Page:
Radio continues to be South Africa’s strongest medium creatively. International Judge Geoffrey Hantson underlined this when he said it was the best radio work he had ever heard, making special mention of our writing and production skills. That’s good news because radio remains one of the most cost-effective ways to reach millions of people in SA. Independent agency FoxP2 collected the Grand Prix for their long-running campaign for life insurer – it’s difficult to write fun, sassy ads about death, but they managed it. Mercedes-Benz also collected Gold Loeries for their radio work, once again reminding everyone why their agency, Network BBDO, is considered the best in the world in the medium (which is pretty extraordinary if you think about it.)

Television is still where marketers are placing nearly 60% of their bets. It probably wasn’t a vintage year for South African television advertising, a continuing trend of recent times caused by a combination of dwindling budgets, global brand dictates and lacklustre ideas – but the signs were there, in amongst a series of funny, well-written winners, that we’re finding our groove again.

The Ster Kinekor “Intersection” from FoxP2 (who had a very good night all in all) won gold for taking viewers on a thrilling ride as four out-of-control trucks hurtled towards a crossroads, only to stop before the thrilling climax with a message to watch the finale on the big screen to get the full effect.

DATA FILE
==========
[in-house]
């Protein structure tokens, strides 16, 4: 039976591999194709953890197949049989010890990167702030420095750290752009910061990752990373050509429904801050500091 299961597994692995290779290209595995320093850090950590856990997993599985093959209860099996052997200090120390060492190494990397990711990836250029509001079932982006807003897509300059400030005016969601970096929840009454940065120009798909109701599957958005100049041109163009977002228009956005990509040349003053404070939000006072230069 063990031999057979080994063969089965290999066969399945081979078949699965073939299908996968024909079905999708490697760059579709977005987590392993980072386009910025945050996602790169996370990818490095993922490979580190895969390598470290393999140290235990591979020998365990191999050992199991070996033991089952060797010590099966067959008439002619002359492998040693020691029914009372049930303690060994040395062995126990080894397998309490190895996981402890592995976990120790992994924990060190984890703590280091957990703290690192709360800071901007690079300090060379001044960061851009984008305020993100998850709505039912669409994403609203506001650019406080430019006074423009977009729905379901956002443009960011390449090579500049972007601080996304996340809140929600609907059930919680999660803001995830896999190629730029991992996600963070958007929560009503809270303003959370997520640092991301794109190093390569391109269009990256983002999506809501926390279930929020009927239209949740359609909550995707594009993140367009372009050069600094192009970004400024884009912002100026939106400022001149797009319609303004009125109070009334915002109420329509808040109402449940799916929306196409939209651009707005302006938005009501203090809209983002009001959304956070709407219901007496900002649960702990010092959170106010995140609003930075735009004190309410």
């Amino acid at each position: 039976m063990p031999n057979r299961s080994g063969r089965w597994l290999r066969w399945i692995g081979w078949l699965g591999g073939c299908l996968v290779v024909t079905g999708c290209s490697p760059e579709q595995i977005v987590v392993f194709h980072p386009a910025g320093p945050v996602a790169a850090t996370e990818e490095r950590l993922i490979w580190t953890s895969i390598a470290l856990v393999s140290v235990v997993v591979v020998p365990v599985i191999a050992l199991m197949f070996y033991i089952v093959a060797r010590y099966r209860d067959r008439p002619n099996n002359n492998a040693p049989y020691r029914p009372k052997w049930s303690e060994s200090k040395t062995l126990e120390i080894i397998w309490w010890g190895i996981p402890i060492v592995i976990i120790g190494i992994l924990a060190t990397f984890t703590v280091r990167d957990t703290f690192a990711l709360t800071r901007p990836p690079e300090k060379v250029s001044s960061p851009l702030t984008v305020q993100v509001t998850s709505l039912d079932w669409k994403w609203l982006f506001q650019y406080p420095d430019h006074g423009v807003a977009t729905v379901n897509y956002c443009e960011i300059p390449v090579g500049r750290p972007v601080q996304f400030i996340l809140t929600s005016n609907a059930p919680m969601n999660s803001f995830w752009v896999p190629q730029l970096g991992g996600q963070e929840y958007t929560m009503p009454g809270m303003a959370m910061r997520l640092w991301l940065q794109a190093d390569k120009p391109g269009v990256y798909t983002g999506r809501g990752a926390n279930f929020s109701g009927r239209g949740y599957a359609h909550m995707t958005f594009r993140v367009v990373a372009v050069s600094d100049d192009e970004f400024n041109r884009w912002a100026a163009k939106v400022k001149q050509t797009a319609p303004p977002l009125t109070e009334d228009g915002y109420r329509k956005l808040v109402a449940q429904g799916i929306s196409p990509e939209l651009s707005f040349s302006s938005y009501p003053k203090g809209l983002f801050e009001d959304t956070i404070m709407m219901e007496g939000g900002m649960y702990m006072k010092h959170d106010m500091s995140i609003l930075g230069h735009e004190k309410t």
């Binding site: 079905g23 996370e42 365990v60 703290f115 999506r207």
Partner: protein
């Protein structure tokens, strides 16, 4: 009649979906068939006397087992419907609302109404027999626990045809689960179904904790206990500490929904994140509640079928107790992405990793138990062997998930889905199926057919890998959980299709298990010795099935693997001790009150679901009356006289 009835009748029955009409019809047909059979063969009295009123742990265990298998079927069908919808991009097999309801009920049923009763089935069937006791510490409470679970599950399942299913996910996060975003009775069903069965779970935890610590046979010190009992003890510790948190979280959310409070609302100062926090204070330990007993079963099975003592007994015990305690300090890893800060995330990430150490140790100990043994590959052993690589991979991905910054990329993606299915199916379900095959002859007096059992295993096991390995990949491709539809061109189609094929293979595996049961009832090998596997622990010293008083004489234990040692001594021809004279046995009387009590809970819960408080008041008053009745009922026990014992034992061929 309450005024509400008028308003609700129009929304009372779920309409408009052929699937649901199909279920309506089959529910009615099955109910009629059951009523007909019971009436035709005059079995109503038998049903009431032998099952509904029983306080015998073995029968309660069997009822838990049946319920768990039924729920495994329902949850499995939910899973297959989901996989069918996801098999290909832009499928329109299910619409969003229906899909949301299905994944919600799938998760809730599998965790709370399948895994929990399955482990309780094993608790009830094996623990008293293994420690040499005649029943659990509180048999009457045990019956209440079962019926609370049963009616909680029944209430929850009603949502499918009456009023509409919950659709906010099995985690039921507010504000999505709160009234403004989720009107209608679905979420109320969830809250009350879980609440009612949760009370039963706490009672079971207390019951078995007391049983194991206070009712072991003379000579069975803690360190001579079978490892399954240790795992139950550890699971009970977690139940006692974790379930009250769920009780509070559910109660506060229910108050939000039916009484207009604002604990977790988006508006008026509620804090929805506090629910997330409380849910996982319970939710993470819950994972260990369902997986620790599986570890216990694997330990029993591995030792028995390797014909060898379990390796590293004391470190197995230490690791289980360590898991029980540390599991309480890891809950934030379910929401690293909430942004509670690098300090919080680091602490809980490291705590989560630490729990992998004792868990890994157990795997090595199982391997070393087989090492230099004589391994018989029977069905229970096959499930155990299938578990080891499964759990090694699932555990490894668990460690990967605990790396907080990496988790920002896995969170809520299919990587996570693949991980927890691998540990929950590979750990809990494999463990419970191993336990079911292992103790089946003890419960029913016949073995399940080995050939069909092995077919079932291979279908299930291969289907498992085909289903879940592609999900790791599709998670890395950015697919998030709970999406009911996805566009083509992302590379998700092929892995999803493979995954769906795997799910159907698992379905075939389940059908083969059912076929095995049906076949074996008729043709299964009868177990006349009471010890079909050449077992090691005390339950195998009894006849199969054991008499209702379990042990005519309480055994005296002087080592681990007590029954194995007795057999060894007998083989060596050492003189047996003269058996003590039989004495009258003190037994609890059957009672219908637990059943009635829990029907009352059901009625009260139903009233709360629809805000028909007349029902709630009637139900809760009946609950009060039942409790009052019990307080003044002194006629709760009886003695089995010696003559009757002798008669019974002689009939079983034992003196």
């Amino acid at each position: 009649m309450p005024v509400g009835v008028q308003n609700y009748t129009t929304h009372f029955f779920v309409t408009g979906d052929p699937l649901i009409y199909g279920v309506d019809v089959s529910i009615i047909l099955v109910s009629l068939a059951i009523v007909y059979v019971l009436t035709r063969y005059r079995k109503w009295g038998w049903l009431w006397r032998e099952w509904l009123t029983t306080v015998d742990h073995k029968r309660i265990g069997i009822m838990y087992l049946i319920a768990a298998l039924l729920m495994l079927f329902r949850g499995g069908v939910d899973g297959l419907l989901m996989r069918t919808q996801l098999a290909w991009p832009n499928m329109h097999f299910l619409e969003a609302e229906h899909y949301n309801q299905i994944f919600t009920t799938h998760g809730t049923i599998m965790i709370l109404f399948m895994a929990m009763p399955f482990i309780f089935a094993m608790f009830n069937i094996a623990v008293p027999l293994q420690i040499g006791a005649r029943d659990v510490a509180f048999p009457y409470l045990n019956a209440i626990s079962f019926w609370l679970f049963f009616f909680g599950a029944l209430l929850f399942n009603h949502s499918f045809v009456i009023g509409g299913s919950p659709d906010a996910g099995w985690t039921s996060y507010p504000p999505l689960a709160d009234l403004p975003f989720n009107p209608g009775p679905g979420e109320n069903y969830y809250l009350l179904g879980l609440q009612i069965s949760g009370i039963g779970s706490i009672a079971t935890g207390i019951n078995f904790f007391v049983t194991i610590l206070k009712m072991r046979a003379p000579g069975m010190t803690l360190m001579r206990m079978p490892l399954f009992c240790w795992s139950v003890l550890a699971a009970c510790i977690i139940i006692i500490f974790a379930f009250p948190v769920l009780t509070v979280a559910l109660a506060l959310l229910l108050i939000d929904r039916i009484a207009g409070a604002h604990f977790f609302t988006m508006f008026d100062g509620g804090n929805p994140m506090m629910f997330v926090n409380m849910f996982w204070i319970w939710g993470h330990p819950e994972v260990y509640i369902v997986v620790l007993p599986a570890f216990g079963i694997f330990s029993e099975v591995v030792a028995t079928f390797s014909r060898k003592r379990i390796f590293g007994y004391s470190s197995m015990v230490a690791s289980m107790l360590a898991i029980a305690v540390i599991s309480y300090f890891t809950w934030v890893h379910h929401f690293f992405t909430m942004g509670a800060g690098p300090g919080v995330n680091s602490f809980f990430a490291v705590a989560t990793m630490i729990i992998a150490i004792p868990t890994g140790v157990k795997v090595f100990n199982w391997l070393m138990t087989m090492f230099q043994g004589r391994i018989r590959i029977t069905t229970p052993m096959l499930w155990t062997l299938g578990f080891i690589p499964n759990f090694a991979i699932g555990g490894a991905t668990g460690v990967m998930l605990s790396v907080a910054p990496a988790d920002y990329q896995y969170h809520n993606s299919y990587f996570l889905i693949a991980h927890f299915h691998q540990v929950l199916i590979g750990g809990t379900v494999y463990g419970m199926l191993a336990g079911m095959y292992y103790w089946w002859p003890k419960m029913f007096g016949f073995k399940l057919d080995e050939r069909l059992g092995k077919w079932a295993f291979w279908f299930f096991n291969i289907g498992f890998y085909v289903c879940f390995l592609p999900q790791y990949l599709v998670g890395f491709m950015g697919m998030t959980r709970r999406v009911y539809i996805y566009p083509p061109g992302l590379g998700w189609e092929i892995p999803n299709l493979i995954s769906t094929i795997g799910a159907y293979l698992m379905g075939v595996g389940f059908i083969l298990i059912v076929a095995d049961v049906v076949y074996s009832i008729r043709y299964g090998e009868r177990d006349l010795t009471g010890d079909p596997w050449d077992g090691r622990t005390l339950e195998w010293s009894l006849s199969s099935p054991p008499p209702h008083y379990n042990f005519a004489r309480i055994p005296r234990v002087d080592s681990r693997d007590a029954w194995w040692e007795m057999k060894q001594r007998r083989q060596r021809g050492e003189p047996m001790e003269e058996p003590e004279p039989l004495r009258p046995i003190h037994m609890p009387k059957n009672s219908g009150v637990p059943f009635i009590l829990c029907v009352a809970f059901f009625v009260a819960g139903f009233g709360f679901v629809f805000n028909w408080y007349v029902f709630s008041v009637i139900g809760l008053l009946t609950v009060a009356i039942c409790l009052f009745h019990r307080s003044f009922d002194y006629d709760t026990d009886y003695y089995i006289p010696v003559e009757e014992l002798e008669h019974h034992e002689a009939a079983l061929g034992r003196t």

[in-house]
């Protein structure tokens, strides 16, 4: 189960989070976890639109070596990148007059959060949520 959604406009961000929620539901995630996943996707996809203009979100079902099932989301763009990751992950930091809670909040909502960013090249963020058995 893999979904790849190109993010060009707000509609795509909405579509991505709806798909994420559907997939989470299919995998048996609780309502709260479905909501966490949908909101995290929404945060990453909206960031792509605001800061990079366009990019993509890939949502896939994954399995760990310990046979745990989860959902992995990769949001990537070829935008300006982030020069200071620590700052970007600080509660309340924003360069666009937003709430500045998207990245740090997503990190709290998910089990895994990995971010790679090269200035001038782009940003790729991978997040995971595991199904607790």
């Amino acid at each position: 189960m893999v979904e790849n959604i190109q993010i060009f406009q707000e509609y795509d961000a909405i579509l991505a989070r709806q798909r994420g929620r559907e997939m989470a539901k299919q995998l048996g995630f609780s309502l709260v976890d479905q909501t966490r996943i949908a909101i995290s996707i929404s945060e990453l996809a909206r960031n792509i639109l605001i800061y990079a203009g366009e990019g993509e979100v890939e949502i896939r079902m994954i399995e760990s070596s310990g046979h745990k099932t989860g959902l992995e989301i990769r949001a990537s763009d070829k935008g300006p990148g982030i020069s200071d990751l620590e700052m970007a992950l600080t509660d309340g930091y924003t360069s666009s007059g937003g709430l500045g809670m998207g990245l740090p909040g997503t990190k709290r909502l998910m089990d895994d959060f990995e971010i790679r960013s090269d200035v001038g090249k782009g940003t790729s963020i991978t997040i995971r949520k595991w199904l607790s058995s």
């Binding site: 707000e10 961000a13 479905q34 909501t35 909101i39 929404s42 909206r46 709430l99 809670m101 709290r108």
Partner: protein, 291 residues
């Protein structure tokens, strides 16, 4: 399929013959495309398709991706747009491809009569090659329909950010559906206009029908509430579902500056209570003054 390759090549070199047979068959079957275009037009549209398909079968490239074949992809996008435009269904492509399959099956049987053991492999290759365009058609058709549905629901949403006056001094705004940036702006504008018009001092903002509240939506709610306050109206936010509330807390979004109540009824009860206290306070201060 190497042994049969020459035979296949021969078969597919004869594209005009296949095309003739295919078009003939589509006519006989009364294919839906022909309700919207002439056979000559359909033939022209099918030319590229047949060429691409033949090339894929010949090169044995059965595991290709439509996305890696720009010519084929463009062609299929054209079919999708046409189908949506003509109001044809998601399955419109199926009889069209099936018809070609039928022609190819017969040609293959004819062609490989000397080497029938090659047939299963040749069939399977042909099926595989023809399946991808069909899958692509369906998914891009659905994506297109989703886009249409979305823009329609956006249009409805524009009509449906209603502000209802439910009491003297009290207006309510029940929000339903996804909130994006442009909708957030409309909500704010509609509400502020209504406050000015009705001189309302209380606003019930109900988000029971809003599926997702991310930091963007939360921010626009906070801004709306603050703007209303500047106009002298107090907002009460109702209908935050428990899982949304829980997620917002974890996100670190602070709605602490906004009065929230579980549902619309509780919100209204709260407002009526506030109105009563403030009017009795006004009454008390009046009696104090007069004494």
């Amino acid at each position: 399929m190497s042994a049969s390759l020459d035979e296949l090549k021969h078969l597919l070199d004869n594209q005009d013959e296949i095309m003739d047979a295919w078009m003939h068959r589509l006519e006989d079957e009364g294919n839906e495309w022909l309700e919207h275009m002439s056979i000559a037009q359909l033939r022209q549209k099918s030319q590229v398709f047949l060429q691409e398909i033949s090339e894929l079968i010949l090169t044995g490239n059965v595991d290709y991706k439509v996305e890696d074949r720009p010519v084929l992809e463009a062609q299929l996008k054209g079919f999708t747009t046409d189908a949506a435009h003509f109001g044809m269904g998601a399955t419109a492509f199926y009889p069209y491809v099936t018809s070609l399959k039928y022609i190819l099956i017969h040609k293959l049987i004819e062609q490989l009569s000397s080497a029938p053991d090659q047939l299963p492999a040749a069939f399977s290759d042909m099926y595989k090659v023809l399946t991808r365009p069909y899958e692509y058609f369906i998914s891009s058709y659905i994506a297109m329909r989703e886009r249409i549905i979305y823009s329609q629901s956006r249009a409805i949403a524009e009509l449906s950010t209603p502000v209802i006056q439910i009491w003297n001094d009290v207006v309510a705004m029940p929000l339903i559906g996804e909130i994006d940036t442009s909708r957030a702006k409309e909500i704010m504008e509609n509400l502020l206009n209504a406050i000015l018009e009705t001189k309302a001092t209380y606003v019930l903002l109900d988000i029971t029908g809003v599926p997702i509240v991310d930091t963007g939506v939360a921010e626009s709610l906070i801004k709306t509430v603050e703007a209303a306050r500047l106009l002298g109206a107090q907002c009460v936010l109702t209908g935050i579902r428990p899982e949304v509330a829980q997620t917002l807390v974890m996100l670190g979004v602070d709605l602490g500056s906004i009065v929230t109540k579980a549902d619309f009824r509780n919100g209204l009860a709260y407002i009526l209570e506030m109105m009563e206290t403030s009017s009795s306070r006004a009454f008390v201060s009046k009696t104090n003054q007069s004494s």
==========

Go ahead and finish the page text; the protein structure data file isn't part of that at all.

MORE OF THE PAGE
The other Gold winners were enfant terrible musicians Die Antwoord for their video “Fatty Boom Boom” which features the mauling of a Lady Gagga lookalike by a rogue urban lion, among other curiosities. It’s quite brilliant, although somewhat disturbing. 

The final Grand Prix of the weekend went to Metropolitan Republic for their “Everywhere Library” (mentioned earlier) piece for MTN in Uganda. It picked up on a trend that is rippling through the ad world globally at the moment – investing heavily in ideas that do something for the common good as well as the bottom line. While this outbreak of goodwill might largely be attributed to a smart business strategy, it’s still a good thing for our industry and society in general.

At the end of it all, the winners gulped down their tequila and those that didn’t win, well, they gulped down tequila too, while the industry cool kids bobbed their painstakingly crafted hair frantically to international DJ’s.

LoerieThe industry big hitters, clients and agency bosses alike, probably concluded that the 2013 Loeries reflected a good year for the South African creative industry. Not a great year, but a good one nonetheless. While that may please some, the oft repeated maxim of many Creative Directors in the business bears repeating: good is the enemy of great. Better luck next year everyone.

Chris Gotz is Executive Creative Director at Ogilvy & Mather Cape Town, Chairperson of the Creative Circle and a member of the Loeries Committee.

Judgement day. A few alternative Loeries predictions.


Our very own Chris Gotz (@MrChristiffa ) makes some astute predictions for this years Loerie Awards.